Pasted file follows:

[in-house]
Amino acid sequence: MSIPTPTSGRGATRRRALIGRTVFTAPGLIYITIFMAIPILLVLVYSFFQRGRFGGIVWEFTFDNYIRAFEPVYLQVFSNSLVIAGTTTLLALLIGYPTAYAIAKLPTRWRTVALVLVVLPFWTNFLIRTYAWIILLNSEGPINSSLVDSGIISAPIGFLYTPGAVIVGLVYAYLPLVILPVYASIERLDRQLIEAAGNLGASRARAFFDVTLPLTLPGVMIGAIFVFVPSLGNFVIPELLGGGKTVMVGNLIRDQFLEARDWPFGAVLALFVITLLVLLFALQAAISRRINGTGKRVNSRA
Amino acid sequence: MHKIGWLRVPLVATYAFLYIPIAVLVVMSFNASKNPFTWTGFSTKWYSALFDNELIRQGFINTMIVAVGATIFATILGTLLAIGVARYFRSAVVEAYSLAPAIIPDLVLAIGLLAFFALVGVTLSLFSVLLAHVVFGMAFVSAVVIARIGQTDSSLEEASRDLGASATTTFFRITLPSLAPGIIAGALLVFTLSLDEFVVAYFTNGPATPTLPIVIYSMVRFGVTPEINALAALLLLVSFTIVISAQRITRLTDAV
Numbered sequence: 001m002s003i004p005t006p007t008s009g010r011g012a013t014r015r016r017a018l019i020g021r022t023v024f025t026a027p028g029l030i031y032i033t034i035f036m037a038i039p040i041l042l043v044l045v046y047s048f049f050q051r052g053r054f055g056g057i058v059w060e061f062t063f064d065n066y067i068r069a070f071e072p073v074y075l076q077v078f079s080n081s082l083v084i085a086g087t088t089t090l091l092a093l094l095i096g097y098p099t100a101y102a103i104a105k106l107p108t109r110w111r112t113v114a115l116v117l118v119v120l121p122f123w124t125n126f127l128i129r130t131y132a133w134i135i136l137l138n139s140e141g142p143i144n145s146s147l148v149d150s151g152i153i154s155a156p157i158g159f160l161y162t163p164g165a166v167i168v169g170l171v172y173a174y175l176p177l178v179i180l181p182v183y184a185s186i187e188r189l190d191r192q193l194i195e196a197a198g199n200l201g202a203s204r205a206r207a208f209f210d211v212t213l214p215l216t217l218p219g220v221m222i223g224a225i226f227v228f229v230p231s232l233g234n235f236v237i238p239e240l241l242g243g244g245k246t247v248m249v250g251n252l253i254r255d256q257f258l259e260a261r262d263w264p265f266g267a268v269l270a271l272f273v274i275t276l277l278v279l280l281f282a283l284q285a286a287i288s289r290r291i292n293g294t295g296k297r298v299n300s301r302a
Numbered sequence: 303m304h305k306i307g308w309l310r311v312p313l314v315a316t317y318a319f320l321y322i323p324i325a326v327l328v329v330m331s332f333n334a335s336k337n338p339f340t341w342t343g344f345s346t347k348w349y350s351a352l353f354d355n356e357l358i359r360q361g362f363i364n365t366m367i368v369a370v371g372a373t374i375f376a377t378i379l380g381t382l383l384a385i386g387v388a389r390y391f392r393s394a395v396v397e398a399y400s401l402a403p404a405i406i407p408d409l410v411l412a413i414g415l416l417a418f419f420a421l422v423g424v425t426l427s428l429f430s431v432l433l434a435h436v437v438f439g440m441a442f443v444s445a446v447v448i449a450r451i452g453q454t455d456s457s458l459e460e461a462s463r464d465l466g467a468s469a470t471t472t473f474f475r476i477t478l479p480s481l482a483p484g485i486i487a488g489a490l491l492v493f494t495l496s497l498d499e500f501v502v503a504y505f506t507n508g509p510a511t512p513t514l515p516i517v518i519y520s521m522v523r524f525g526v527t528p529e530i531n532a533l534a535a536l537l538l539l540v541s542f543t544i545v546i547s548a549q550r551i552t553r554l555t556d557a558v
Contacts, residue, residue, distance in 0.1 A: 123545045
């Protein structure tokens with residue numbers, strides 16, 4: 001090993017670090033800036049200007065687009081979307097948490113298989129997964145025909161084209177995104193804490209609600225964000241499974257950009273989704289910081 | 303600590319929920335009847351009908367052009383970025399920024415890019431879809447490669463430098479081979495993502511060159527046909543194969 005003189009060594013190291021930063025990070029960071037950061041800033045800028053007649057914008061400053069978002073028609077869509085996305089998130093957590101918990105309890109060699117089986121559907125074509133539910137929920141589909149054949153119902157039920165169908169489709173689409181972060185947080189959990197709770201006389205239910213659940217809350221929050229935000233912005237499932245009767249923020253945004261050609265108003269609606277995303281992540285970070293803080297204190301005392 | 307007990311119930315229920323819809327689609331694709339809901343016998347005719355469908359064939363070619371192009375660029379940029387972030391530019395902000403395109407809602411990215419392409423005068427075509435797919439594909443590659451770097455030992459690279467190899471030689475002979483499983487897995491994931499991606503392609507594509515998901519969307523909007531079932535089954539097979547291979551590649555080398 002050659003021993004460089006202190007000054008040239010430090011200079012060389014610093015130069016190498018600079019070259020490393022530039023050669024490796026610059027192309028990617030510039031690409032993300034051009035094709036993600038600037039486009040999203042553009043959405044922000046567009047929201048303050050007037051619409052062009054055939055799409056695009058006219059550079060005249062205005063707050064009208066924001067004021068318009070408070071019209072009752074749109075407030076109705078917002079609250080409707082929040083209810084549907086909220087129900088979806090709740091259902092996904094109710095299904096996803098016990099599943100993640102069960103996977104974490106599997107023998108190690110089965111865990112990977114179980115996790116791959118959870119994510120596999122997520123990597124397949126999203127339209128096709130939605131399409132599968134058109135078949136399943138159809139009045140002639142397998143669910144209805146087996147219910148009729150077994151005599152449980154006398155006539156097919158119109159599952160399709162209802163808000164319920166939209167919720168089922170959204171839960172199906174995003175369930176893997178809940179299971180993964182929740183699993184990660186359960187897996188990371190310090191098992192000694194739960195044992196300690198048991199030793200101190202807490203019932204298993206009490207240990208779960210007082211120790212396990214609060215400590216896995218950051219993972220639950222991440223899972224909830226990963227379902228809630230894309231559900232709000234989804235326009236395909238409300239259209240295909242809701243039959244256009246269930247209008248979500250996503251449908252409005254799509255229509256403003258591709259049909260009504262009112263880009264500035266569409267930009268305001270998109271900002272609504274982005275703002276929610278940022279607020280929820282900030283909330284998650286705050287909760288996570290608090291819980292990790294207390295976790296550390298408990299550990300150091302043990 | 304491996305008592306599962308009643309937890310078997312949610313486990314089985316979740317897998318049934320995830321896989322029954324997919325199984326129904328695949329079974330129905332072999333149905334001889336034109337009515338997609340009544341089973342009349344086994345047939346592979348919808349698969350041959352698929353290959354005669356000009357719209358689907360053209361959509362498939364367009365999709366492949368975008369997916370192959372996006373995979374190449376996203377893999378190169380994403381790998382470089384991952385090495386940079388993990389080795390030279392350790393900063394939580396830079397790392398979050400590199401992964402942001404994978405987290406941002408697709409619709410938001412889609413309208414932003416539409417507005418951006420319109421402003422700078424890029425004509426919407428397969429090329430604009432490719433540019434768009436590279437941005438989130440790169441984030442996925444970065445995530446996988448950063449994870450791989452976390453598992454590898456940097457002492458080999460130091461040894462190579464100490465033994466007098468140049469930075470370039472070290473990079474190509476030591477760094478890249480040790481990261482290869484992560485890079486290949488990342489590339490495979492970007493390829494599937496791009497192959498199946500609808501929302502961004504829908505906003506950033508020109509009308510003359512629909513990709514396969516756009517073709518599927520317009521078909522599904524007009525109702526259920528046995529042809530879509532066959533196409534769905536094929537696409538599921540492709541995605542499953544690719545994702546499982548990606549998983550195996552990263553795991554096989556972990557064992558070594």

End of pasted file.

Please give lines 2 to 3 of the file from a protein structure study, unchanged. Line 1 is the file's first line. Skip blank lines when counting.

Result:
Amino acid sequence: MSIPTPTSGRGATRRRALIGRTVFTAPGLIYITIFMAIPILLVLVYSFFQRGRFGGIVWEFTFDNYIRAFEPVYLQVFSNSLVIAGTTTLLALLIGYPTAYAIAKLPTRWRTVALVLVVLPFWTNFLIRTYAWIILLNSEGPINSSLVDSGIISAPIGFLYTPGAVIVGLVYAYLPLVILPVYASIERLDRQLIEAAGNLGASRARAFFDVTLPLTLPGVMIGAIFVFVPSLGNFVIPELLGGGKTVMVGNLIRDQFLEARDWPFGAVLALFVITLLVLLFALQAAISRRINGTGKRVNSRA
Amino acid sequence: MHKIGWLRVPLVATYAFLYIPIAVLVVMSFNASKNPFTWTGFSTKWYSALFDNELIRQGFINTMIVAVGATIFATILGTLLAIGVARYFRSAVVEAYSLAPAIIPDLVLAIGLLAFFALVGVTLSLFSVLLAHVVFGMAFVSAVVIARIGQTDSSLEEASRDLGASATTTFFRITLPSLAPGIIAGALLVFTLSLDEFVVAYFTNGPATPTLPIVIYSMVRFGVTPEINALAALLLLVSFTIVISAQRITRLTDAV